ADVERTISEMENT

Like the back-to-the-land movement that inspired the Woodstock generation, the do-it-yourself movement popular among today's twentysomethings is all about taking control of your life.

While back-to-the-landers are known for organic farm communes and the like, the do-it-yourself (DIY) crowd doesn't necessarily need a garden to start taking charge of what they eat.

In "Can It, Bottle It, Smoke It," Karen Solomon has given anyone with the ambition to make their own kitchen staples all the information and inspiration they need.

Heard the virtues of making your own vinegar, Worcestershire sauce, barbecue sauce and vanilla extract? Solomon is here to help.

Are you a home cook who's interested in making some of the grocery store staples you take for granted? Sure, pickle recipes here might not be expanding your do-it-yourself repertoire. But what about pastrami, or on the other end of the vegan scale, tofu?

As it turns out, making tofu is quite simple, similar to making paneer, the Indian cheese. Heat up some liquid, soy milk in the case of tofu, add a coagulant. The proteins solidify into curds, and once they're pressed together, success.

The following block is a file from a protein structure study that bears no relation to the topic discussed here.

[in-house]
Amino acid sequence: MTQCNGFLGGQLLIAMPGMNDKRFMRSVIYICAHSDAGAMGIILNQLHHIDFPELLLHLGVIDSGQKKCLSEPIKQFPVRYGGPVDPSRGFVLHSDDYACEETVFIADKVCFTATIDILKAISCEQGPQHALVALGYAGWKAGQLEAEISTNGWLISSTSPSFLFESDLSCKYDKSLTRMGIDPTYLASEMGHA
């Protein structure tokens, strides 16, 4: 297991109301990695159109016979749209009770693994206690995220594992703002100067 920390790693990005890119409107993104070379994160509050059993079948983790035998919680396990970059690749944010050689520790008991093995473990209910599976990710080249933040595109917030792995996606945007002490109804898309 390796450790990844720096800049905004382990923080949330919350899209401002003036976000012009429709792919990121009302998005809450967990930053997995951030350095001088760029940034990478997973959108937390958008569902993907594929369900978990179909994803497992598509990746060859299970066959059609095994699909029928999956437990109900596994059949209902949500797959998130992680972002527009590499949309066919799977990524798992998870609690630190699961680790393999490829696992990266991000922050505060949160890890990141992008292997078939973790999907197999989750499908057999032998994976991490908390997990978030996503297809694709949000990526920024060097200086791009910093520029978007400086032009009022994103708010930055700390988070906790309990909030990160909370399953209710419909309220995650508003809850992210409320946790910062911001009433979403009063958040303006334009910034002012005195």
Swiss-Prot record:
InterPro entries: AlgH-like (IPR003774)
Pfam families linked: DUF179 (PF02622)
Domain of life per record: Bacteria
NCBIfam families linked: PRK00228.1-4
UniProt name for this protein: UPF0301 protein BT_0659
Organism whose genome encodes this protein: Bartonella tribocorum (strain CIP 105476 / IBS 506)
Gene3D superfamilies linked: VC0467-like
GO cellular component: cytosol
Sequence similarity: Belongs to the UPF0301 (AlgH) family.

"Can It" is filled with such little revelations. Smoked apples? Why not?

What about filling your freezer with homemade ice cream sandwiches for the kids, or salted margarita cream or berry cabernet pops for the adults? Or dazzling a party with your own soft pretzels, caramel popcorn or pork rinds?

That last recipe assumes that you have a source of pig skin handy. For the most part, though, the book's ingredient demands seem well within the reach of most Western New Yorkers.

Solomon's instructions are clear and relatively brief, especially considering that entire businesses are built around similar recipes, although on an industrial scale. Her first DIY food book, "Jam It, Pickle It, Cure It," was almost as helpful.

There are a few choices that seem more far-fetched for beginners, like turning raw cacao beans into cacao nibs, or taking three hours to make bagels. But that's part of the thrill of this collection -- it promises to inspire cooks to consider the ingredients they take for granted, and seriously consider making them better themselves.

Photo reprinted with permission from Can It, Bottle It, Smoke It: And Other Kitchen Projects. Copyright 2011 by Karen Solomon, Ten Speed Press, an imprint of the Crown Publishing Group, Berkeley, CA. Photo Credit: Angie Cao.

ON THE WEB: go to blogs.buffalonews.com/hungryformore for a recipe from "Can It, Bottle It, Smoke It."

e-mail: agalarneau@buffnews.com

-----

Can It, Bottle It, Smoke It

By Karen Solomon

Ten Speed Press

$24.99, 160 pages